To populate the form, I just use the getters like so:
<cfinput type="Text" name="eventName" value="#objEventBean.geteventName()#" size="80" maxlength="250" required="yes" message="Enter the name of the Event" class="input">
To show the Event bean, I dumped its contents to the Event Information page.
After I make my changes to the form and submit, I update the Event bean and then pass the bean to the EventDAO.update() method. The code for this looks something like:
That’s about it. The event is updated and user is sent back to the Event Maintenance page.
The main takeaway from this so far is that there is no real logic in the page itself. The logic is all contained in the object itself. If nothing else, that should make maintenance easier. That realization was my big “Aha” moment. Next time I’ll look at the New Event page, which is actually the same as the Edit Event page–gotta keep it DRY.
Object oriented coding is not completely new to me. I’ve attempted to pick it up a few times over the years. I do not have a pure CS background–I majored in biology and minored in chemistry. Somehow any presentation on the subject always contained terms that I was not familiar with. So my attempts to learn OO in the past had always stalled. That is until the CFWheels framework came along a couple of years ago. I love how approachable the framework was for someone with no experience in OO. Even better, it had lots of documentation and example code to look at and use as a guide. It became my framework of choice. In fact, my work with the framework led me to my current job.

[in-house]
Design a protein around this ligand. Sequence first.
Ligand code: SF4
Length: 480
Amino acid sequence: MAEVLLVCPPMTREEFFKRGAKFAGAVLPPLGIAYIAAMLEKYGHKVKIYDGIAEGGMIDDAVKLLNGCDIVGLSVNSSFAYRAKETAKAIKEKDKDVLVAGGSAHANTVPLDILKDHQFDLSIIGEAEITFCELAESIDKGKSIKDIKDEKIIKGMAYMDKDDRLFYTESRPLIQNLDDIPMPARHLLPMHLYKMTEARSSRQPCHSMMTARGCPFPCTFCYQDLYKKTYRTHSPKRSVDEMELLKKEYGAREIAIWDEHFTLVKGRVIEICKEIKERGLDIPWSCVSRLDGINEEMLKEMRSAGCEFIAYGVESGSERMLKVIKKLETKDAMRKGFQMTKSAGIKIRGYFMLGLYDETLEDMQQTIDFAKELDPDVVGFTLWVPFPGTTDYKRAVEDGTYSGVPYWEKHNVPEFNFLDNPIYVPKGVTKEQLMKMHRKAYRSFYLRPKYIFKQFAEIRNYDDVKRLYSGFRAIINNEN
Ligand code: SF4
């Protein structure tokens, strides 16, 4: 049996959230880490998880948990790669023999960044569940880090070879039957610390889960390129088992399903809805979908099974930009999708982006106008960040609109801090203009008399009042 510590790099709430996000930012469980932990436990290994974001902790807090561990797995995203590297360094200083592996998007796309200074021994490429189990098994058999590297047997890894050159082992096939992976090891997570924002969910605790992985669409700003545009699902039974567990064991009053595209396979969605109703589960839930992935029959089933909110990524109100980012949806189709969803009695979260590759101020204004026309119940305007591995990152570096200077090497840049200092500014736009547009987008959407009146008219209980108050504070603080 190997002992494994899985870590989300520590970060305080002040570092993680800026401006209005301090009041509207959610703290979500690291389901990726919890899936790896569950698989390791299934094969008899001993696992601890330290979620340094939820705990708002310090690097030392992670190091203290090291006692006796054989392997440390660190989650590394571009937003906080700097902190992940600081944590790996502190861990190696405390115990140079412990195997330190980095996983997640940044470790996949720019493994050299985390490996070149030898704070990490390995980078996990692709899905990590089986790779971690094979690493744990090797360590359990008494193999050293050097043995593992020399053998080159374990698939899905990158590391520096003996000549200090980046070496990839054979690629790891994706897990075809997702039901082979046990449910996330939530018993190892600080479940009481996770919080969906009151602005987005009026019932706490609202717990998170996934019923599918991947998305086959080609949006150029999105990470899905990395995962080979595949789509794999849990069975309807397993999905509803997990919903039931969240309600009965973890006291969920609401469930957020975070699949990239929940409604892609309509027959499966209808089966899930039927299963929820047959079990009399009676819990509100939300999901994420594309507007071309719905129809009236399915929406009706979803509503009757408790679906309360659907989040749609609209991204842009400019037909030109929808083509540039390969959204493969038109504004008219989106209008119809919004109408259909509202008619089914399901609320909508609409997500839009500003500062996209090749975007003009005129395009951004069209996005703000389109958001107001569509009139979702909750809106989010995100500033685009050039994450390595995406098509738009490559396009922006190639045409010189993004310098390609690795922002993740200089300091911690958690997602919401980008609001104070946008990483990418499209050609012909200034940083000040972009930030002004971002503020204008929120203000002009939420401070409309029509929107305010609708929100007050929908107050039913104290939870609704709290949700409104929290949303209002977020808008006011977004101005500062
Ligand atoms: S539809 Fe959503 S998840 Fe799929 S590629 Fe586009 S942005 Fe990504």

In the course of my daily work, I also deal with legacy code in another familiar framework, Fusebox 4. I love Fusebox and have worked with it in my past as well. However, I found myself thinking in CFWheels and OO terms while coding in FB. I remembered that FB can be used in an object oriented manner and our legacy code is in need of refactoring into OO so I thought this would be the perfect time to finally learn OO in CF without a framework. I’m not knocking the framework. Not at all. I love CFWheels and continue to use it. This is just another tool in my CF toolbox.
I started with some searching on the web for resources. I tried Nic Tunney’s CFOOP, which I’d heard about at a past CFUnited, but it appears to be defunct. I remembered hearing about a Object Oriented Programming in ColdFusion by Matt Gifford, so I picked up a copy from Amazon. There’s also a neat site run by Adrian Moreno called IKnowKung(Foo);. There is a great series on OO programming in CF there.
Resources in hand, I dove in, determined that this time I would get a handle on using object oriented programming in ColdFusion. It took me about a week to work my way through the book and its exercises and perhaps another week to try out the techniques by converting a fairly simple app from procedural to OO. I’m not done yet, but I’ve completed enough that I’m confident in my ability to finish shortly. My next few posts will detail my efforts to use my newly acquired knowledge to code my first app.